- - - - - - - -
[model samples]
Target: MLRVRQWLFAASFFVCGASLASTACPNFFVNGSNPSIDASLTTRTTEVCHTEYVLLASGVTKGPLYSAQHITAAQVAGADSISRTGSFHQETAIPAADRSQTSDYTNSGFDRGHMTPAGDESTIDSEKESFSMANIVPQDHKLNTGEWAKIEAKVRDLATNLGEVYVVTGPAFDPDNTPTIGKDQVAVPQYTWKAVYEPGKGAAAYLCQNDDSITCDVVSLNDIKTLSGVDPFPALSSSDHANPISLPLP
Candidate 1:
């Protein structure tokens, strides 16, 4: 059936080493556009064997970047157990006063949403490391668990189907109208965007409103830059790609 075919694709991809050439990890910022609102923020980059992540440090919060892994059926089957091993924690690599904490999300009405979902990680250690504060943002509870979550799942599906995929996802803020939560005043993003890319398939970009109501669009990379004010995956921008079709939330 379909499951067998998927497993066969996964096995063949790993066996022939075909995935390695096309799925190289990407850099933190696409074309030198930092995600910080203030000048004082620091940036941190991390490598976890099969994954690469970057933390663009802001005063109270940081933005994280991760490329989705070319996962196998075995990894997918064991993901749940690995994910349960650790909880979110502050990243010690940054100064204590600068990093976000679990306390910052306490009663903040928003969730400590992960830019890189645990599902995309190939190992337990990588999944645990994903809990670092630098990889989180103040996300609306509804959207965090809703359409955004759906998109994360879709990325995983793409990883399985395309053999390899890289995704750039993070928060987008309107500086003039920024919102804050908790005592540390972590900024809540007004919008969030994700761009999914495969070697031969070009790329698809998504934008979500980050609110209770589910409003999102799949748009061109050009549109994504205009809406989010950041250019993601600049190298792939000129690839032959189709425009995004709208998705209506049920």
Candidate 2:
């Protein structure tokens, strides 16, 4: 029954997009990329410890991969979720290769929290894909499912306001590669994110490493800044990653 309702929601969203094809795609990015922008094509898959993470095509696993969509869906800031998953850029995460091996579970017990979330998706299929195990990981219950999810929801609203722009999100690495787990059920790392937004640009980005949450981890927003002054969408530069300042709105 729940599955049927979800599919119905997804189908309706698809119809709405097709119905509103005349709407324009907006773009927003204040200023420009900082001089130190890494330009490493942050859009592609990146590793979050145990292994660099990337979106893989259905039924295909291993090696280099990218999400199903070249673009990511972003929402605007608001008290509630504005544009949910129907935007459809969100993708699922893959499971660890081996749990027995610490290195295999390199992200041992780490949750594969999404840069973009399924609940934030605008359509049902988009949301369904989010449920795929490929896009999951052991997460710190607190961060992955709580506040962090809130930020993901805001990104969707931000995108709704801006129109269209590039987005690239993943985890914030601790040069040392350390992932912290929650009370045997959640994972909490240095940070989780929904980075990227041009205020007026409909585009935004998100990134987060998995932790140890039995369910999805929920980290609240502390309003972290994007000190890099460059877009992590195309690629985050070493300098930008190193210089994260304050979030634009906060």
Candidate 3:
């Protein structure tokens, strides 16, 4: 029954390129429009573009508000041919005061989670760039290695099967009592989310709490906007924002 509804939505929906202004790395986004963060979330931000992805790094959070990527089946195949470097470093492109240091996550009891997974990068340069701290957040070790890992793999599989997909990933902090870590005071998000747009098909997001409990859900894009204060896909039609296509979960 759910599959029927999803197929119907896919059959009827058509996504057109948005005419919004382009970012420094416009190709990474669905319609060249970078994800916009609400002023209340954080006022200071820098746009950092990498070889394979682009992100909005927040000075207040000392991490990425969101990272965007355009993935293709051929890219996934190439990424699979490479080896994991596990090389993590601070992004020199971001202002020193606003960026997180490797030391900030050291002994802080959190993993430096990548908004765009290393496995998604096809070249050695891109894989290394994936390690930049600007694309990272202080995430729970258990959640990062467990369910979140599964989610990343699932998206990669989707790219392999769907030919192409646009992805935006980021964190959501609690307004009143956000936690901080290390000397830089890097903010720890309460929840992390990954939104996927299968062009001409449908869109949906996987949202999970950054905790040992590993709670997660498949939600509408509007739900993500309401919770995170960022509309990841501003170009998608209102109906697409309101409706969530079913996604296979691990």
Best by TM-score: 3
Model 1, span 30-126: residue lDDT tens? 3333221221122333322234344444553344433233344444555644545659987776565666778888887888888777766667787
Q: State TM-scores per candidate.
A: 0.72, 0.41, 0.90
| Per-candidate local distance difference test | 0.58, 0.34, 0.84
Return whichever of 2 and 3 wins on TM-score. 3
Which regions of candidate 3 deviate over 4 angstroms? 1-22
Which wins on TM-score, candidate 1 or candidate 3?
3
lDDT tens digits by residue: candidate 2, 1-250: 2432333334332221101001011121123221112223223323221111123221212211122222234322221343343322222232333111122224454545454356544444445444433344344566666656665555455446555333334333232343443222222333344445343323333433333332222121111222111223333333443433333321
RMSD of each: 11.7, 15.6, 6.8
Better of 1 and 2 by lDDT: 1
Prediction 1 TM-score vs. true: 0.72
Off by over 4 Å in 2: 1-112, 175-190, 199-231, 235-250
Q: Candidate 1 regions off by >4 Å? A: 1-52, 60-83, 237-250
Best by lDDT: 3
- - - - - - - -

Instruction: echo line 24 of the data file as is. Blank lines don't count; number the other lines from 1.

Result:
Best by lDDT: 3